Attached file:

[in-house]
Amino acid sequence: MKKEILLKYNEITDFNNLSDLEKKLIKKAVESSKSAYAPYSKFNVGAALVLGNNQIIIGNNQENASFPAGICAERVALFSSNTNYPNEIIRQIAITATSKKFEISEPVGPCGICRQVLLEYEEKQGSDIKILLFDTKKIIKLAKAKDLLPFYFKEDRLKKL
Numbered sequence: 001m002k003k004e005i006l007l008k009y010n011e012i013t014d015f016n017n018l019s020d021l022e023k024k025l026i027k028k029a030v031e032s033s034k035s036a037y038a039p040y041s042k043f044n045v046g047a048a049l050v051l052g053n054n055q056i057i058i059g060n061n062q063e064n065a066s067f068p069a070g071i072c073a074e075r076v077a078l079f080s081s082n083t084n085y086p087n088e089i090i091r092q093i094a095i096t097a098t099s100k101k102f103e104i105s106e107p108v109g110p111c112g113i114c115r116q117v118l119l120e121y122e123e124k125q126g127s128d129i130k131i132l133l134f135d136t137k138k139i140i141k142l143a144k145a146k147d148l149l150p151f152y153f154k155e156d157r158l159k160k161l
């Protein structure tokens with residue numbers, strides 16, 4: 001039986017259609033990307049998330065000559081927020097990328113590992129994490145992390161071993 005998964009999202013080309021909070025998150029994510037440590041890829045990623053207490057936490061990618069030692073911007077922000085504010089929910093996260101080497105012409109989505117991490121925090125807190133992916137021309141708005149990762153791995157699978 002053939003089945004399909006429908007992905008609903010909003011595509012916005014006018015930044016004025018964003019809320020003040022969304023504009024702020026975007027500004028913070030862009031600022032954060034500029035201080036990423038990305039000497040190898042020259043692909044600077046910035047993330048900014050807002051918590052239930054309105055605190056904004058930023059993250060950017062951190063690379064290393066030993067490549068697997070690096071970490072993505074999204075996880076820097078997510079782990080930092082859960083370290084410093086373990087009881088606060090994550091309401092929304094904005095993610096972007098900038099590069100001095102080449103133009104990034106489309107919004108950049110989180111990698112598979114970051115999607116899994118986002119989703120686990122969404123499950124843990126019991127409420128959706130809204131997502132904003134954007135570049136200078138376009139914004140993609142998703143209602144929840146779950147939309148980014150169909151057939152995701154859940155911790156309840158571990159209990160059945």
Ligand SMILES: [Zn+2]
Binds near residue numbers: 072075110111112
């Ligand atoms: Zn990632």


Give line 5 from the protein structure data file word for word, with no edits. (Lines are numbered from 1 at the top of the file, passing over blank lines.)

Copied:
Ligand SMILES: [Zn+2]